A local theater was planning a short musical revue featuring songs from its past productions. The director asked, weeks ago, if I’d like to participate.
“Would you sing ‘Sunrise, Sunset?’” he asked.
I was surprised, to be sure—and not necessarily happy. The tune was, after all, just not in my wheelhouse.
“I don’t have the voice for that,” I submitted. “What about ‘Kids’ from ‘Birdie’? I can do shtick.”
“This would be better,” he assured, cutting debate.
(I agreed to do it, of course, but as a duet. We go up in June. Softly).

I loved acting—just loved it.

The sun rose on my theater fun in the late 80’s when, sitting in Beachwood’s theater, I saw Kraut have a ball singing “Oh Wee Oh” in “The Wizard Of Oz”. Soon after, a stage was shared with Stacy (who dazzled as a Von Trapp).

The marriage went south, though, and so did my comfort level in Beachwood. Next thing I knew I was sitting at a tryout in Chagrin Falls—they called my name—I hesitated—and another actor, (a friend), whispered “Just get up there and sell it”.

And they cast me: a blustery Senator Phogbound in “L’il Abner”. Nice role, short solo in a song—but what I recall most vividly is how they re-choreographed a production number just to get me off stage. What did they think: that inadvertently I might kick someone in the n%ts?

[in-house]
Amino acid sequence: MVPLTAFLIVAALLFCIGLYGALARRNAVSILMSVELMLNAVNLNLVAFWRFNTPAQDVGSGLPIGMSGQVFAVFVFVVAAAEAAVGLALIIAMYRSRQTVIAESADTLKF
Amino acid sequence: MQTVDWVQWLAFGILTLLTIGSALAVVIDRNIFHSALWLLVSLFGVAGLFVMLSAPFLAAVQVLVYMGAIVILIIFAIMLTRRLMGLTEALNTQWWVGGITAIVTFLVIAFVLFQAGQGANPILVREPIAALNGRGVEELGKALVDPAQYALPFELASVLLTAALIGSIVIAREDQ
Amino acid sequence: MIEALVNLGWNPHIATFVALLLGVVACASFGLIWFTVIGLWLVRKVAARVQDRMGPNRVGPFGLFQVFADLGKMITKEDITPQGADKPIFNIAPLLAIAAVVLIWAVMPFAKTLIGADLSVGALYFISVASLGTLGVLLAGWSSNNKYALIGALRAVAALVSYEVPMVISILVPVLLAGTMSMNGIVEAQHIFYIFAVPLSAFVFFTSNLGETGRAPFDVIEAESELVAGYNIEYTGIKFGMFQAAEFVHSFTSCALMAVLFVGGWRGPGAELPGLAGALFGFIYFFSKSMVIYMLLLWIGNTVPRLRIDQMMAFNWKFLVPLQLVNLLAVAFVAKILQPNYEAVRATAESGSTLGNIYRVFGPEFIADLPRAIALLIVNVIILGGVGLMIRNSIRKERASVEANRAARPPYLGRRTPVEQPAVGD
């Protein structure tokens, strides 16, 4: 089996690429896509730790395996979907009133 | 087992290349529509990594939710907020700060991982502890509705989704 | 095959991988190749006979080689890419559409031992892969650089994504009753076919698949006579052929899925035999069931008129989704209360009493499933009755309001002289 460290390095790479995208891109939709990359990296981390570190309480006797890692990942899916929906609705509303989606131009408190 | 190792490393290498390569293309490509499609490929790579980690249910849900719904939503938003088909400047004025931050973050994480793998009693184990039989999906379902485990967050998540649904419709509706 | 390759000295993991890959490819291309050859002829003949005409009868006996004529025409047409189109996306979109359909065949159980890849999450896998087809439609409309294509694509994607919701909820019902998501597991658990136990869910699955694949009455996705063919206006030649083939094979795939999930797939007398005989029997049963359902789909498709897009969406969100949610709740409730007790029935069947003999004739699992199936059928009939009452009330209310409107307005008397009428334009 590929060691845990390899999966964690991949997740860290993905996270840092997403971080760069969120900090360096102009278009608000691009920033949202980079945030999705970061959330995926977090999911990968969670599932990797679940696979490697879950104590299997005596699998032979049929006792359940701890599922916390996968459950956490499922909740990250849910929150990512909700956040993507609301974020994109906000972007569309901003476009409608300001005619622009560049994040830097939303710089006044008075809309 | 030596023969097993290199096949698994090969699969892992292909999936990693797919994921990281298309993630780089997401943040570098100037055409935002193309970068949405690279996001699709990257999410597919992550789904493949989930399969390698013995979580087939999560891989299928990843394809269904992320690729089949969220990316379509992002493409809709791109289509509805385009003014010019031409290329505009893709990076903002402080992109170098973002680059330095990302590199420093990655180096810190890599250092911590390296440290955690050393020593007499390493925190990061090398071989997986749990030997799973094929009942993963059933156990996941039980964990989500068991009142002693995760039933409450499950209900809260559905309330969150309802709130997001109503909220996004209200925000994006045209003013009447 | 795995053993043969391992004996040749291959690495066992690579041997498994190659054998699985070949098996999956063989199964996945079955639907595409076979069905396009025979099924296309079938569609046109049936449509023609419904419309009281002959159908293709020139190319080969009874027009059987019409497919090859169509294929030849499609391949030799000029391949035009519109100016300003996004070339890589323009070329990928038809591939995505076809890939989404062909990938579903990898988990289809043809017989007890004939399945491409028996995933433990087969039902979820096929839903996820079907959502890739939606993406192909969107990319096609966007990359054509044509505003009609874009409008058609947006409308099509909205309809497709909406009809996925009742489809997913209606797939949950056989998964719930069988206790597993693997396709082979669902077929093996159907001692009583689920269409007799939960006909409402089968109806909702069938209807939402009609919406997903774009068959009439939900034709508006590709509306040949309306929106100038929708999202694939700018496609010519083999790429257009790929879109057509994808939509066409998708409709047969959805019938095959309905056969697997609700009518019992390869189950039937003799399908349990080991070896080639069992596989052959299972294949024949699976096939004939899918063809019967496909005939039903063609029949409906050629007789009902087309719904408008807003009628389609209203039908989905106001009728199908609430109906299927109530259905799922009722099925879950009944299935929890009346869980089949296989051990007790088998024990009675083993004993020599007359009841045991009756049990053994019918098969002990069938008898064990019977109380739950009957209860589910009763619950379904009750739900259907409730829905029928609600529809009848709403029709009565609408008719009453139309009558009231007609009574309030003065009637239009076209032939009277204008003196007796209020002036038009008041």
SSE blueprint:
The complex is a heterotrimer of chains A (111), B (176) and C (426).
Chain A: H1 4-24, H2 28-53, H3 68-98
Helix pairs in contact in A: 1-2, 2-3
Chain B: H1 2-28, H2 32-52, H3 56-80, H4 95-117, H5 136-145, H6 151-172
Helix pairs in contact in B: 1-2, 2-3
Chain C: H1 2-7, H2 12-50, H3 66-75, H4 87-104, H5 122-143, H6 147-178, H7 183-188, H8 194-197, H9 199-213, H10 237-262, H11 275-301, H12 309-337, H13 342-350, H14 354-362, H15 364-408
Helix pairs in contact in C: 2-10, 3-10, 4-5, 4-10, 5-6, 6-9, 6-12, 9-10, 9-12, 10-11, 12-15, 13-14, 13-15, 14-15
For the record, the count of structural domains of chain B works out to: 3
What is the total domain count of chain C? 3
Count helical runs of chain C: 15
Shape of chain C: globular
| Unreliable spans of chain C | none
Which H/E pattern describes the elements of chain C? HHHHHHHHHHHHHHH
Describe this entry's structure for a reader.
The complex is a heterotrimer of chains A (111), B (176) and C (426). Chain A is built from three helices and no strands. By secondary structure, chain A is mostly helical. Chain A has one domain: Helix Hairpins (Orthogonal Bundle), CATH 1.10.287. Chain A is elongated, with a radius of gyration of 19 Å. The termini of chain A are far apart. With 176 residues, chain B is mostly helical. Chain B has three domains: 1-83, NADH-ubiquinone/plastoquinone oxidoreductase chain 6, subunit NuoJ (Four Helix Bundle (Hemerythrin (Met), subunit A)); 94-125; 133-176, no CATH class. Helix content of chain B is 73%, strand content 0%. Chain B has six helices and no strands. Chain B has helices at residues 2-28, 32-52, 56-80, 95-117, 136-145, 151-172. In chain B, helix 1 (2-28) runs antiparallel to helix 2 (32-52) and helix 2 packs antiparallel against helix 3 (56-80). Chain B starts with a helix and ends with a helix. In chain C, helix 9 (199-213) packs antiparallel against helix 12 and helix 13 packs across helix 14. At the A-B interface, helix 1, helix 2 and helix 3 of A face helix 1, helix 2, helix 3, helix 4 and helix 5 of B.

Ah, but it was the 90’s! I was in my forties and for some reason every time I wanted the manic, male flat slob role in a show, I seemed to be getting it–
from Mr. McAfee in “Birdie” to Teddy in “Arsenic & Old Lace” to Officer Krupke to The Cowardly Lion! Heck I was even the manager in “Damn Yankees” and a young Mel Brooks in “Laughter”. (Did it take any talent to crawl ‘cross a stage feigning heart attack?)

A good run it was.

When I got sober, though, they suggested I slow down. “Work your program,” said my sponsor.
“Yeah, but—“
“Give time time,” he counseled.
I did.

It was one from the rooms, ironically, that got me back on stage. Purim, 2009, and the bug bit hard. The kids were grown ups now and so (perhaps), was I.

Mania better directed, if nothing else, within three years there was  Murray The Cop (“Odd Couple”), Mr. Pinky (“Hairspray”), another coronary as Mel, the eccentric uncle (“Philadelphia Story”) in Painesville, a Nazi in Fairport and…timpani: YES, even a stage kiss!

A good run it was. Again, and I relish the friends found, lessons learned, and the laughs and the memories…

Still, a few years back I landed my best part ever. A recurring role, it requires not only travel, but prioritizing time. Like early sobriety, it’s first things first.

My new role, you see, is as grandpa. It’s a part where dividends grow east and west and birthdates are added year by year. Will I squeeze in another show when the calendar’s right? Of course I will. After all, I’m not ready to get off stage—quite.

But it matters not, any more. Not really. The sun’s setting on my theater career. The role of grandpa is the greatest gig—the perfect part for me. Surrounded by family, encompassed in love, I’ve no scripts to read and no lines to learn.

I just play it by heart.

Leave a Reply